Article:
Infamous nationalist politician Vladimir Zhirinovsky recently passed away. Fans of online alternate history know him as the main character of a timeline-turned-ebook called Zhirinovsky’s Russian Empire. In it, Yeltsin is killed during the August Coup and Zhirinovsky ends up in control of the USSR-turned-“Union of Independent States”, with the 1990s going from mostly peaceful to mostly not peaceful.

What this does right is actually using the “snippets of fake newspapers” formats very well. There are elements of drama that are well done, and the whole thing seems like a way to tell a story rather than a way to avoid writing a narrative. However, the biggest issue is the tone, which can go from too serious to too goofy and back at the drop of a hat.

Furthermore, while it’s not intended to be the most “plausible” alternate history, there were more than a few times when my suspension of disbelief didn’t hold up. Zhirinovsky is portrayed as a wild man who barely wins even with dirty tricks, yet he somehow has the political pull to wrestle something as powerful as the Russian arms industry into a 180 degree shift in policy (a so-called “billion Kalashnikovs and one nuke approach). And of course, him getting to power is ultra-contrived to begin with.

But by the standards of online alternate history, this is a good story. It has a proper beginning and end, and is better paced.

Review: Revisiting South Africa’s Nuclear Program

Revisiting South Africa’s Nuclear Program

Apartheid South Africa built a handful of nuclear bombs before the ANC government dismantled them. As a result of that revelation and transparency, it provided an interesting look into a a field that is understandably quite opaque otherwise. David Albright and Andrea Stricker’s Revisiting South Africa’s Nuclear Program show it in depth.

Altough this is a technical nonfiction book, Albright and Stricker nonetheless write well, and it’s quite accessible to non-nuclear physicists. The creation, developmental struggles, warhead production, and removal of South Africa’s nuclear weapons is all covered, and there are several interestingly unique factors about it that the book provides.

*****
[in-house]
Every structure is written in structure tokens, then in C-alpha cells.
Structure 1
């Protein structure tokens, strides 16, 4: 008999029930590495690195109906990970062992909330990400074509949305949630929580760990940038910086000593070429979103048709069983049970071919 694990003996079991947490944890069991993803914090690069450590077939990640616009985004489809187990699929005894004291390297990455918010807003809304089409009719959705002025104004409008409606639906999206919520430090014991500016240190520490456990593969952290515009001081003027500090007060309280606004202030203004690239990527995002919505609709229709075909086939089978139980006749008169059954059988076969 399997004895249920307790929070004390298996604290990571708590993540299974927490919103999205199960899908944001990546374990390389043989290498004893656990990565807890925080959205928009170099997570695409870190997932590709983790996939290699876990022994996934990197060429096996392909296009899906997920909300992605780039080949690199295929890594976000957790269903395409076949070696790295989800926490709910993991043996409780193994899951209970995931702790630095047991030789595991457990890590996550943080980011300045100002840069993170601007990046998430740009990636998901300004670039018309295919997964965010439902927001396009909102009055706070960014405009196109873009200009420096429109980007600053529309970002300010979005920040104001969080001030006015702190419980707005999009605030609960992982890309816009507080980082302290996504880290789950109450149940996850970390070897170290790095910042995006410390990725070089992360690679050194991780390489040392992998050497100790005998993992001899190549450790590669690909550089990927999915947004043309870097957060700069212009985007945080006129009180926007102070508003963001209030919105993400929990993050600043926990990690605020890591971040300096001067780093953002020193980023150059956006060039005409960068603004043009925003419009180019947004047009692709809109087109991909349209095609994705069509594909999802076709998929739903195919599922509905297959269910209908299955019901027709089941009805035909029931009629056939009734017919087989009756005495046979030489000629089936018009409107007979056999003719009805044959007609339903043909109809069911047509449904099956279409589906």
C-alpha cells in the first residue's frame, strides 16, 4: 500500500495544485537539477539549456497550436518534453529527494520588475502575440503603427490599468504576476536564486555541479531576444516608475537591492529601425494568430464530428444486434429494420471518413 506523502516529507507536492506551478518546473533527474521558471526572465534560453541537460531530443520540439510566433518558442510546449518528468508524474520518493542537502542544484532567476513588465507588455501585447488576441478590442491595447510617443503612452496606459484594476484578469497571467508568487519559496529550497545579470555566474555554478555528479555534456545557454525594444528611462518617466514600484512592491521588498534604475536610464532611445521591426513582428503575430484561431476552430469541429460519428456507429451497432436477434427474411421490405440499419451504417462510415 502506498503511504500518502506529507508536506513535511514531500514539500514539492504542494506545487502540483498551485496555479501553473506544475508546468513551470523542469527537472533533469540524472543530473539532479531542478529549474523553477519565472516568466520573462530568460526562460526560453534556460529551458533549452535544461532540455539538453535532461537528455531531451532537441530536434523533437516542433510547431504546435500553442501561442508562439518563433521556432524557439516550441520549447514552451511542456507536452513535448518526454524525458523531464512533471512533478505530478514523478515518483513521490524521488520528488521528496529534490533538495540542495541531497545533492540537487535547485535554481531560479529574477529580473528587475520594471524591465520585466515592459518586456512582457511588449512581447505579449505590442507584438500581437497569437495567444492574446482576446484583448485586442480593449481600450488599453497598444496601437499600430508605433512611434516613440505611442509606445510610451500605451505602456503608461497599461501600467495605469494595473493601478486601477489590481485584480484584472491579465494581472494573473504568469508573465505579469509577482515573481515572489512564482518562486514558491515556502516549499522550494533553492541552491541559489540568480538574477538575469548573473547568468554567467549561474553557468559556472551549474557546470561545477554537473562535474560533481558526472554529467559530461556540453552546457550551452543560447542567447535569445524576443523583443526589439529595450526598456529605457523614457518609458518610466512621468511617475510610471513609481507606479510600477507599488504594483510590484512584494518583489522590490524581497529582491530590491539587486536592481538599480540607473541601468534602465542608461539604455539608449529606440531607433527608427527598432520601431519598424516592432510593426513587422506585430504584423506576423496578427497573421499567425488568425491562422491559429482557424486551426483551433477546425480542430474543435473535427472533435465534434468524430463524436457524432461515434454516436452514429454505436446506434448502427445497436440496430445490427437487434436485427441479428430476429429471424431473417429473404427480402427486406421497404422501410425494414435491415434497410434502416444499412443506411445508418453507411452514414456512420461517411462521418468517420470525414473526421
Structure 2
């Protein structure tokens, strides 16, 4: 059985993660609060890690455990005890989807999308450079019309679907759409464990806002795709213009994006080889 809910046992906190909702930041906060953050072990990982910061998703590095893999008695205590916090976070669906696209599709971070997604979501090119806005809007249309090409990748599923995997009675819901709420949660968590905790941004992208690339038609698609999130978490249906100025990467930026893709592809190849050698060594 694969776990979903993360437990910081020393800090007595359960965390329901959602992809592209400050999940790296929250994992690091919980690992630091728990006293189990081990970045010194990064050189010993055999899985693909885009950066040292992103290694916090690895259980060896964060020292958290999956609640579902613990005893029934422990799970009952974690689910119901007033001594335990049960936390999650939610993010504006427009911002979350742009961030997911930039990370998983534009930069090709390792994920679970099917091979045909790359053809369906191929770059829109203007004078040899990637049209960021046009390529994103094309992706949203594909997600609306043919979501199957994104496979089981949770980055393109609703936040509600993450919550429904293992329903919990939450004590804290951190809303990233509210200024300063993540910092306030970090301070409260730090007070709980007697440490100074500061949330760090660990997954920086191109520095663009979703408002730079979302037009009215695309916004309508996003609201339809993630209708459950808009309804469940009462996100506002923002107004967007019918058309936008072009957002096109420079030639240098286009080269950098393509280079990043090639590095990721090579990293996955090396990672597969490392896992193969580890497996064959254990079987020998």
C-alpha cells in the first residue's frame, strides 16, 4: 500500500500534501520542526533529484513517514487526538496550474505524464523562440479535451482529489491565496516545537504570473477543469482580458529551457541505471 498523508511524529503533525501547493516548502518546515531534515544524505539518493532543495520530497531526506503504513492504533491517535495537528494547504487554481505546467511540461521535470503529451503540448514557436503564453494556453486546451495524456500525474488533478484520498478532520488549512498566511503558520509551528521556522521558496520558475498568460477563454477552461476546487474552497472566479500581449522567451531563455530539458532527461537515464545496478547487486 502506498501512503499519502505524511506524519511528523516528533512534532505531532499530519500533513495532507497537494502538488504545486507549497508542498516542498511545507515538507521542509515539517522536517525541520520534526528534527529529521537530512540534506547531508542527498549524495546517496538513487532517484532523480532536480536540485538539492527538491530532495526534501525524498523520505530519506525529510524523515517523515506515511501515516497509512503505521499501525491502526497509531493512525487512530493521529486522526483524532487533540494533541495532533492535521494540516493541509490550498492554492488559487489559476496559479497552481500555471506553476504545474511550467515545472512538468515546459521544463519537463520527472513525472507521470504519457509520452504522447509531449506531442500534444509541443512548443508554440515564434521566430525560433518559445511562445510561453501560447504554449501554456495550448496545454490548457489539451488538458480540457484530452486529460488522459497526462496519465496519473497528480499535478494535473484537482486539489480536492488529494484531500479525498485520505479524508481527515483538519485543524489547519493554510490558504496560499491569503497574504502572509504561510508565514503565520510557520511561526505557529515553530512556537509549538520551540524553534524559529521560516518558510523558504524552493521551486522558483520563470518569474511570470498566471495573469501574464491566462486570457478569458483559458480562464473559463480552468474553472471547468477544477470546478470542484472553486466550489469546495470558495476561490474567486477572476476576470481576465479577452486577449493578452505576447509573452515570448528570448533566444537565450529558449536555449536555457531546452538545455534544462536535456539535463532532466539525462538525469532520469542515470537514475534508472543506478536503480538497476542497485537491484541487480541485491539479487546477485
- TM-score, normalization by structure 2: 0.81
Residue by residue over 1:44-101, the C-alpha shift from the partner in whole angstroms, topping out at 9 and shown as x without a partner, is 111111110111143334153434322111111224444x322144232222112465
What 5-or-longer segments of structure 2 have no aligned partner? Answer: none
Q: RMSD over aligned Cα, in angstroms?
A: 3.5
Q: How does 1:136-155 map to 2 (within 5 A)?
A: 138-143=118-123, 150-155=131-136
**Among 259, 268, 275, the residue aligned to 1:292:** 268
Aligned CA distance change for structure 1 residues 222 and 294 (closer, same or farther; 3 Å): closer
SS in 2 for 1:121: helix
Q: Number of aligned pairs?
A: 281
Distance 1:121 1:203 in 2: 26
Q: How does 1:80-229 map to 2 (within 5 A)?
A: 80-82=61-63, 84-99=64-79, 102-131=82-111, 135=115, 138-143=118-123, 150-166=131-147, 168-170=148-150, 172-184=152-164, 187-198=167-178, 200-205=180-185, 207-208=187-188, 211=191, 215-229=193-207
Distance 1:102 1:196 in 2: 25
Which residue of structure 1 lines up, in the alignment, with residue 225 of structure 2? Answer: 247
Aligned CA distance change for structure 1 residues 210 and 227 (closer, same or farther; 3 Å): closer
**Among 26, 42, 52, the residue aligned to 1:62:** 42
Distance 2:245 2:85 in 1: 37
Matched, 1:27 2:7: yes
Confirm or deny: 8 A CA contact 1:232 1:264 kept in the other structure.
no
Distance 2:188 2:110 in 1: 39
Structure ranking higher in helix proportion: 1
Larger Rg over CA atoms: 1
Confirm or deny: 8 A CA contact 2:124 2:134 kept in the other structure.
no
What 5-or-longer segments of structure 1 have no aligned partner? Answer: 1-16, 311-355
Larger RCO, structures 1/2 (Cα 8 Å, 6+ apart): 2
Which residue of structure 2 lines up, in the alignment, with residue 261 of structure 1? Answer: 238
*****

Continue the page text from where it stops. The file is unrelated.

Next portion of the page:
The first is a technical tidbit. South Africa went with a conceptually simpler gun-type device in the style of Little Boy. However, their device was small enough to fit on a Raptor glide bomb carried by a Blackburn Buccaneer, and there were (preliminary) plans to boost it to around a hundred kilotons using a special pellet. As most powers have used implosion devices, South Africa’s experience shows how far the basic gun-type can be pushed.

The second is that, unlike other nuclear programs, South Africa’s was comparably well run and efficient. The pragmatic choice of a gun-type was one of the good decisions that it made. And it still took several years in peacetime while running into bottlenecks-most notably the enriching of uranium.

For those interested in the relevant subjects, this book is thus a good read.

A Thousand Words: Mighty No. 9

Mighty No. 9

Judged on its own without any other context, Mighty No. 9 would resemble a mediocre Mega Man-style game. There have been dozens of those, including more than a few in the official series itself. To study it there would not be the most interesting. About the only things I can say for the game itself are that it copied the cheapest difficulty elements (why?) and in everything from plot to aesthetics simply tried to be “as close to classic Mega Man as possible without lawsuits”.

But what is interesting is the ridiculous amount of hype that came around its crowdfunding. Occuring in the “irrational exuberance” phase of Kickstarter and spearheaded by ex-Mega Man head Keiji Inafune, this was one of those “the gaming king came down to make a dream” experiences. This prompted emotion that successful MM-esques like Azure Striker Gunvolt (made conventionally by a firm that had experience on the official games) and 20XX (crowdfunded yet made by an unknown) couldn’t bring.

The result was a ton of stretch goals “met”, feature creep, the project getting out of hand, the mood turning from hopeful to laughable, and then the game itself sinking like a stone when it was finally released. Whether it could have been better or if the expectations were just too great is an open question. What is not is that this was one of the biggest crowdfunding embarrassments.

The Super-Mansion

The conclusion of The Sure Bet King took place at a Los Angeles super-mansion. My current WIP is also focused around a super-mansion. The super-mansion is one of those setting places that I just love. They’re (impractically) big, they can have a lot of stuff, and they can have very different themes.

The closest thing to an official definition of a “mansion” is “a luxury home at least 5,000 square feet in size”. Super-mansions are even more nebulous, with their only real distinguishing feature being their bulk. My own definition is “it’s a super-mansion if any one room in it is bigger than an entire normal mansion”.

Review: Onslaught

The Fae Wars: Onslaught

J. F. Holmes’ The Fae Wars: Onslaught is the story of magical evil elves invading the contemporary world with magic that can overcome technology. It’s just a cheap thriller, but it’s a fun cheap thriller. The action is constant and told from both sides, with both experiencing difficulties.

While the military stuff is frequently both contrived (foreign arms dealers getting a giant super-arsenal into New York City), and inaccurate (the human aircraft engage at far closer distances than they realistically would, for one), this isn’t the kind of book where one would quibble about such things. It’s a fun magitech war novel that should be treated as a fun magitech war novel.